I don’t often take days off. Some days I’ll do the bare minimum, but I’m still doing at least a little work. Part of that is because I’m afraid that if I take time off, I won’t be able to start back up with daily posting. A lot of it is that if I hope to ever get to the point where I’m making even minimum wage, I need to post often, and have content that people might consider paying for (patreon.com/oceanoxia). Basically, I’m an internet busker, and if I’m not putting in the time, I can’t expect to make a living. Honestly, I don’t expect that even if I do put in the time, which is part of why I’m working on the novel I’ve mentioned before. All of this is to say that I basically have a 7 day work week, which pulls in very little money (though you could help change that!), which makes it just a little amusing to write about a resoundingly successful trial of a four-day work week that took place right here in Ireland!
The project, backed by Fórsa and carried out in partnership by Four-Day Week Ireland, University College Dublin (UCD), and Boston College, examined the financial, social, and environmental impact that a four-day working week would have on businesses and employees in Ireland.
Following the trial, 100 per cent of employees indicated they would like to continue a reduced work schedule. Nine of the 12 companies involved are committed to continuing with the four-day week, while the remaining three are planning to continue but have not made a long-term commitment.
Lead researcher Dr Orla Kelly said: “All participating organisations plan to continue the reduced work schedule. Productivity levels are up. We found significant improvements across a wide range of well-being metrics, including positive affect, work-family and work-life balance, and several domains of life satisfaction.
“Conversely, stress, burnout, fatigue, and work-family conflict significantly declined. Levels of sleep deprivation have also fallen dramatically. We observed an increase across three forms of pro-environmental behaviour.
“The trial was particularly successful for women. They reported a significantly greater improvement in life satisfaction, had larger gains in sleep time and reported feeling more secure in their employment. Our findings hold important lessons for the future of work in this country.”
I’m not surprised. I’m a huge advocate of people having as much control over their own time as possible, and every time I see research on it, the result seems to be the same – moving to fewer days on the job is better for everyone, even the bosses. The one way it’s not better, which the articles I read don’t mention, is that it means that bosses have less control over their workers’ lives. Personally, I don’t think that’s a “downside” worth considering, but I think it’s something that does need to be considered when thinking about the motivations of business owners. A disproportionate number of them seem to be some form of petty tyrant.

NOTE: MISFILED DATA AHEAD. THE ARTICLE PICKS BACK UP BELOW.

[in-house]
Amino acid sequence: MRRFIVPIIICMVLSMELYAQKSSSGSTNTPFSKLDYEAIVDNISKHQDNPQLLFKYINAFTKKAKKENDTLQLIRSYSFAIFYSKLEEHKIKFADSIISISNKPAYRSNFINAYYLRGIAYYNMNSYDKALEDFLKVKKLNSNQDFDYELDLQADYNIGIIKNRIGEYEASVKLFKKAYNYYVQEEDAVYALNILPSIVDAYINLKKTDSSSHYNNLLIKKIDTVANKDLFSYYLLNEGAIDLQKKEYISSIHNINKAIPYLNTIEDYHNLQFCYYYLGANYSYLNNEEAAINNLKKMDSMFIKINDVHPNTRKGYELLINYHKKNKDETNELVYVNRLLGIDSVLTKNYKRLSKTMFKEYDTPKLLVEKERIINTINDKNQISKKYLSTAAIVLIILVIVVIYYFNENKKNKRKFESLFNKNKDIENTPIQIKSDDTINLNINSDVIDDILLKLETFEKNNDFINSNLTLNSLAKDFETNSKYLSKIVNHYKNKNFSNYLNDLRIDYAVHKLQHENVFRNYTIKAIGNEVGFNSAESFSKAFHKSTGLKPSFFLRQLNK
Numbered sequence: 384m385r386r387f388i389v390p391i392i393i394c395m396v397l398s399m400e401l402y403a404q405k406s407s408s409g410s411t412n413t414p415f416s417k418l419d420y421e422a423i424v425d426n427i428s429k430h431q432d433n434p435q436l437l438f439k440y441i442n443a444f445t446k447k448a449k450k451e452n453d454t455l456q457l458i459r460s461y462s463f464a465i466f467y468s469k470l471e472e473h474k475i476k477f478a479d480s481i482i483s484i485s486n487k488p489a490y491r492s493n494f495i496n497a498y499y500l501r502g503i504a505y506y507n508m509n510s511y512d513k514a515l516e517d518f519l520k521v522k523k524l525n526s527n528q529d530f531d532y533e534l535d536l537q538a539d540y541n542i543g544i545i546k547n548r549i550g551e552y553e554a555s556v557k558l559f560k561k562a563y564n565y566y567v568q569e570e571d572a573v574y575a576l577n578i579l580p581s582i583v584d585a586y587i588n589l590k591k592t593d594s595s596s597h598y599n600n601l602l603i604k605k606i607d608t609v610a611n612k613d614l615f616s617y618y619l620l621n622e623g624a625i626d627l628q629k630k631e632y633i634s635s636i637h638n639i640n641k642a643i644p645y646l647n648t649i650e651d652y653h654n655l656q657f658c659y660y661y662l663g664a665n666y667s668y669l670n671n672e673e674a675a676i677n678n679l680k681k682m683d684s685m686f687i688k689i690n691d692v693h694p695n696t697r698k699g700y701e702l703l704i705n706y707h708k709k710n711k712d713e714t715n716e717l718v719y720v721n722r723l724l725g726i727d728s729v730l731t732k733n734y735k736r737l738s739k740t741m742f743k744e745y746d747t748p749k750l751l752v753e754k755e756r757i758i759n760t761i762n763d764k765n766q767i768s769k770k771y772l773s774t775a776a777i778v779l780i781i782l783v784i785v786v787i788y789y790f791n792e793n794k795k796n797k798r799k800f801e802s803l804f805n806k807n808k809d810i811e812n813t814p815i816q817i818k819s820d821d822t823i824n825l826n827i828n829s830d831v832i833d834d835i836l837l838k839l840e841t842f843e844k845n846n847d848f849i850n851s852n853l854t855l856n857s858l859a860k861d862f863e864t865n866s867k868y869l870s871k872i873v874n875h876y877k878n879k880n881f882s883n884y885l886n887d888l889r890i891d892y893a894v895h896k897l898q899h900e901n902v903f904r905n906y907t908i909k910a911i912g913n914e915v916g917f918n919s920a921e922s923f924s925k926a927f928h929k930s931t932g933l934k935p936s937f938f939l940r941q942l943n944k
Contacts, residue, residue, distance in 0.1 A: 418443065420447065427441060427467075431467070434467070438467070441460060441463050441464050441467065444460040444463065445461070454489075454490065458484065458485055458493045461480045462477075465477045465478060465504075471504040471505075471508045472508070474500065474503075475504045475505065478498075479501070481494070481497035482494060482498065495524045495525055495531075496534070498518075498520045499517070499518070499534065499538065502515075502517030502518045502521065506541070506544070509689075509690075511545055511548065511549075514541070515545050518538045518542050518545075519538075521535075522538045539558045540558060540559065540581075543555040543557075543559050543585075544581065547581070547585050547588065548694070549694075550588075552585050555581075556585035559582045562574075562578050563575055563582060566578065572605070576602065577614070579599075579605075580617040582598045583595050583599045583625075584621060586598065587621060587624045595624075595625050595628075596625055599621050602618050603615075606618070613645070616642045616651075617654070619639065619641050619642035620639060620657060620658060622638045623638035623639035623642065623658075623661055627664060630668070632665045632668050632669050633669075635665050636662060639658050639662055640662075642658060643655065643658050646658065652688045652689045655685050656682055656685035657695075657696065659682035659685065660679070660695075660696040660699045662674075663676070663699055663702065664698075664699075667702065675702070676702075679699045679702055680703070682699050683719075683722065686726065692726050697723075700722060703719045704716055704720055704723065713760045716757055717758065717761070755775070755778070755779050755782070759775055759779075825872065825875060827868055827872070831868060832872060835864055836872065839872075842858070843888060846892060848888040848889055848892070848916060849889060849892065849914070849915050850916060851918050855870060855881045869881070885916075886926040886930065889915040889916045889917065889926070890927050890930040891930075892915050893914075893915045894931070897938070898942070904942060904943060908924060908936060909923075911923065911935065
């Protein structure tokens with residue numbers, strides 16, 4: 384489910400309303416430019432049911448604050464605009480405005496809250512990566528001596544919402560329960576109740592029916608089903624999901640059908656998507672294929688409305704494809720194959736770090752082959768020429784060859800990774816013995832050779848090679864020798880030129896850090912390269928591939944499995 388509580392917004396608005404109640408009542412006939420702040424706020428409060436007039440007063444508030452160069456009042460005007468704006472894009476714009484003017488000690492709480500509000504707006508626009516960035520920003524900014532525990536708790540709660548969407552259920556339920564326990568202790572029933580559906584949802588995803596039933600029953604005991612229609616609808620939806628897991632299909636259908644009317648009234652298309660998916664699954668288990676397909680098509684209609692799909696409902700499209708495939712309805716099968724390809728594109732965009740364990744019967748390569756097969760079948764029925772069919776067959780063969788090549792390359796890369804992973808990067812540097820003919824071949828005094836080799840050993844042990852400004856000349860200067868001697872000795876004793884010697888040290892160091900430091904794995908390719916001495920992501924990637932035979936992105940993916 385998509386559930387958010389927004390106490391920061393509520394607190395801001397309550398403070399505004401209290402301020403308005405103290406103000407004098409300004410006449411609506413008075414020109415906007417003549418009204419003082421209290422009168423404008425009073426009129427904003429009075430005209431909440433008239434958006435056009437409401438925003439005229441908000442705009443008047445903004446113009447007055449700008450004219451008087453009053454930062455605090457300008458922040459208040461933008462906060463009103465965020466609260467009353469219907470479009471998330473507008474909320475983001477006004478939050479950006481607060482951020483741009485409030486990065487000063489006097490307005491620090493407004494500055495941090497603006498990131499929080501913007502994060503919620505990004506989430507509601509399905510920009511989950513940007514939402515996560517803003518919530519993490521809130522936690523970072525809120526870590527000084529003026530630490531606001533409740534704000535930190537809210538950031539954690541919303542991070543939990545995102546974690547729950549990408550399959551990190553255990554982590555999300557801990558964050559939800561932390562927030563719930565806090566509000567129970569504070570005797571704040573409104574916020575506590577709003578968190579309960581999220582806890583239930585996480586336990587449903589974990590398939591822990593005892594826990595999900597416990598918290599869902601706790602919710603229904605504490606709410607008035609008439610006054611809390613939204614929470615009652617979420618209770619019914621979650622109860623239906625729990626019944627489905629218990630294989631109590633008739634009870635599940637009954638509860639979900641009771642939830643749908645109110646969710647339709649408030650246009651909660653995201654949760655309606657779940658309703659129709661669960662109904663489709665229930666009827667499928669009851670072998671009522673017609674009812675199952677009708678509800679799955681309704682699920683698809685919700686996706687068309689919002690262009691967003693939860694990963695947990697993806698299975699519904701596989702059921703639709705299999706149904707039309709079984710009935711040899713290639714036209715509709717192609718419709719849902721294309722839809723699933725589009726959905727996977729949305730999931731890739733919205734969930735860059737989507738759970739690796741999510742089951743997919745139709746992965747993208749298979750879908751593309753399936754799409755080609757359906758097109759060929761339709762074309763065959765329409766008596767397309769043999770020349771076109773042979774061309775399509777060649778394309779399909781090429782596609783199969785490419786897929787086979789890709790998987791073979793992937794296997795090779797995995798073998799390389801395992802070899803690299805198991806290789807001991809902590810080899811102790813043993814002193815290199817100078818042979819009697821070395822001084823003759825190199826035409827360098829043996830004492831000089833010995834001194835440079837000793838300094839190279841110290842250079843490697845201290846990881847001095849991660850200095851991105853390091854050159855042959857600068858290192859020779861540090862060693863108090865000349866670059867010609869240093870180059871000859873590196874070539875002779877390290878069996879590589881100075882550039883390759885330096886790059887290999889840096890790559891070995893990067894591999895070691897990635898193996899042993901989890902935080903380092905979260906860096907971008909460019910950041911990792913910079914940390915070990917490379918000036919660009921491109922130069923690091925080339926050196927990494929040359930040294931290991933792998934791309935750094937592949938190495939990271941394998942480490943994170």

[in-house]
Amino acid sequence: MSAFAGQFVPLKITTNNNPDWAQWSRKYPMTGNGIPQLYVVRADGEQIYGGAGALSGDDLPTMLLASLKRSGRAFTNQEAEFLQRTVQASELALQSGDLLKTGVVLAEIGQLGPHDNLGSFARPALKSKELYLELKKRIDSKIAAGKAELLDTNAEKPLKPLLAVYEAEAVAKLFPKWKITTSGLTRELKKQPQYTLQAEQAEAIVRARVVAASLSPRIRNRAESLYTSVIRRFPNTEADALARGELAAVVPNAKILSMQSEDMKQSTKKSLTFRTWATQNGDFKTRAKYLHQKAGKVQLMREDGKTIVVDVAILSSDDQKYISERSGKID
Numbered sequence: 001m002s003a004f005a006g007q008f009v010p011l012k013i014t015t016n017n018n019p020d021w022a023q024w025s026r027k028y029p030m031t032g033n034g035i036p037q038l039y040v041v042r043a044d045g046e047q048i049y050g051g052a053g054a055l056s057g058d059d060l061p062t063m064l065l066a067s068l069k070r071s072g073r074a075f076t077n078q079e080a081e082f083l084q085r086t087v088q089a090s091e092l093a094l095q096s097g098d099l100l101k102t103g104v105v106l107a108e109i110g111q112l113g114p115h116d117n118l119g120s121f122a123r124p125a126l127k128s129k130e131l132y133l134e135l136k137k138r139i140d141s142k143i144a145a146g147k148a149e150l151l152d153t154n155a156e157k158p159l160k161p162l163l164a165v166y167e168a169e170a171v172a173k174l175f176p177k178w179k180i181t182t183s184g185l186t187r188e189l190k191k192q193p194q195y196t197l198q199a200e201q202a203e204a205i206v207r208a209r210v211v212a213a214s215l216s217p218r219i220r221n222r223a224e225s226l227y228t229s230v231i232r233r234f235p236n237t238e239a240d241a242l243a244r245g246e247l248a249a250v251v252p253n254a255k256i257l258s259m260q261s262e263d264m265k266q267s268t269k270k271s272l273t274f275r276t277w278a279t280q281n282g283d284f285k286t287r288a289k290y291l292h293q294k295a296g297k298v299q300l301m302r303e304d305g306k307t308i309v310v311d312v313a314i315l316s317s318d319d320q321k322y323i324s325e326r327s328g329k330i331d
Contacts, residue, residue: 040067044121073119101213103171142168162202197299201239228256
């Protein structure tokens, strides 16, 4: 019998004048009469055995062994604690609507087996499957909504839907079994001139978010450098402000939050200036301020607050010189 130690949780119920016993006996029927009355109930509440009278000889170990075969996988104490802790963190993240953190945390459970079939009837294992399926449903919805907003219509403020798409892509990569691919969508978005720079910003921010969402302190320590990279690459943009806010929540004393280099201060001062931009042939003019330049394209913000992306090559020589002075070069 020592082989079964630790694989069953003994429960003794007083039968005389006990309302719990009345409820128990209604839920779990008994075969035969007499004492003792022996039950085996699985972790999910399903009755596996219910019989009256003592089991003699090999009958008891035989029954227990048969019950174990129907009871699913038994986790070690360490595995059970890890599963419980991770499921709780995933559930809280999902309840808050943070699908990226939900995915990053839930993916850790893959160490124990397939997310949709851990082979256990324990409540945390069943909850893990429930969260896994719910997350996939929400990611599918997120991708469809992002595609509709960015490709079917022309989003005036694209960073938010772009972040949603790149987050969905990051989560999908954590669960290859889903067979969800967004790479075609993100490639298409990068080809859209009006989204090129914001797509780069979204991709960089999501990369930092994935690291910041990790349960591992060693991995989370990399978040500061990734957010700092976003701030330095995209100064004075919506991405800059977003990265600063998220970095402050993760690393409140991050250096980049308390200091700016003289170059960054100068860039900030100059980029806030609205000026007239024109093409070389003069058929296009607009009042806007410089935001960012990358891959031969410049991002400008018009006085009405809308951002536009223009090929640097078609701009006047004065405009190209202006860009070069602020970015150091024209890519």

It’s somewhat irritating to me that “improves productivity for employers” always has to be a part of it, though:
“In today’s working world there’s a mismatch between the amount of time we spend working and the time we spend with our families and friends. The four-day week can be at the forefront of a new age of work, providing transformative social benefits without losing pay or productivity.”
In a just world, the fact that the companies can afford it, and that it makes the workers’ lives better, would be enough. Still, in this case it seems that the drive for “more productivity” lines up with the goal of more freedom for workers, since happy, healthy workers tend to be more competent as well.
Despite this research, I suspect that it will be a long, hard struggle to make a shorter work week the norm. Powerful people seem to have a deep horror of any movement away from the arrangement that gave them their power, so we have to make the world better despite them.
But the case can be made, and studies like this show how important it is to fight for this stuff. Another day off is a huge boon in a world where so much of our time is dictated by work, getting to and from work, and trying to find moments to live in between it all. Further, with overproduction driving this climate crisis, a lot of the work that’s being done now needs to stop being done, and it would be good, in my view, if that didn’t result in anyone losing their home or going hungry. Some of that work can be replaced with environmental cleanup and restoration work – there’s a lot to do – but this is a golden opportunity to start to undo some of the social damage that has been done over the last couple centuries, and start moving towards a world where the point of life isn’t working, but living.
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